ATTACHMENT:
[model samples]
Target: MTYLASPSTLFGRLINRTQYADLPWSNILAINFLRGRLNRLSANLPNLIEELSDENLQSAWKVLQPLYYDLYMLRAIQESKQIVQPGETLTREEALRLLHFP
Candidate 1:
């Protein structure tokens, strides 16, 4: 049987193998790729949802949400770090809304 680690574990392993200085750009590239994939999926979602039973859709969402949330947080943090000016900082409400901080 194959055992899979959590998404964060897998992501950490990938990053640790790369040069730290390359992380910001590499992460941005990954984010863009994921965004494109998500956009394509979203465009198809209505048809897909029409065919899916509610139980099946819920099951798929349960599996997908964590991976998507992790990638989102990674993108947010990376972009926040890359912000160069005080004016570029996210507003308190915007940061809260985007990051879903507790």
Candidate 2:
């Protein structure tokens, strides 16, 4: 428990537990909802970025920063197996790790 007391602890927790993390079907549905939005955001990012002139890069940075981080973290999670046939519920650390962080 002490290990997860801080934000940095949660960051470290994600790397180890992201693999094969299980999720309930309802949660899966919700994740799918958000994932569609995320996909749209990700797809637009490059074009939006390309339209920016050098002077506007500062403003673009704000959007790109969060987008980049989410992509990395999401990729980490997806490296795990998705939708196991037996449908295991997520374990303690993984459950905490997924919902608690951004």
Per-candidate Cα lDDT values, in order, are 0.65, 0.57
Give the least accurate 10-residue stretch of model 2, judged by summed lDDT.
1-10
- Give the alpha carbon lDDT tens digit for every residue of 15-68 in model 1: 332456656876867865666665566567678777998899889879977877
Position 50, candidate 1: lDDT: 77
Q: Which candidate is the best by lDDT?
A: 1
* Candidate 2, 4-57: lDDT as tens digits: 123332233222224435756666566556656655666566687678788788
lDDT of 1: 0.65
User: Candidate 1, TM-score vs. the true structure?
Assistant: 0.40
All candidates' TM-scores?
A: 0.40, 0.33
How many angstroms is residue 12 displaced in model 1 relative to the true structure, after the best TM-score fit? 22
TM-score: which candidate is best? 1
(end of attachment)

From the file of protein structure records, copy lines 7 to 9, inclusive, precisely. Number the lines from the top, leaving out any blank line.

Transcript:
Per-candidate Cα lDDT values, in order, are 0.65, 0.57
Give the least accurate 10-residue stretch of model 2, judged by summed lDDT.
1-10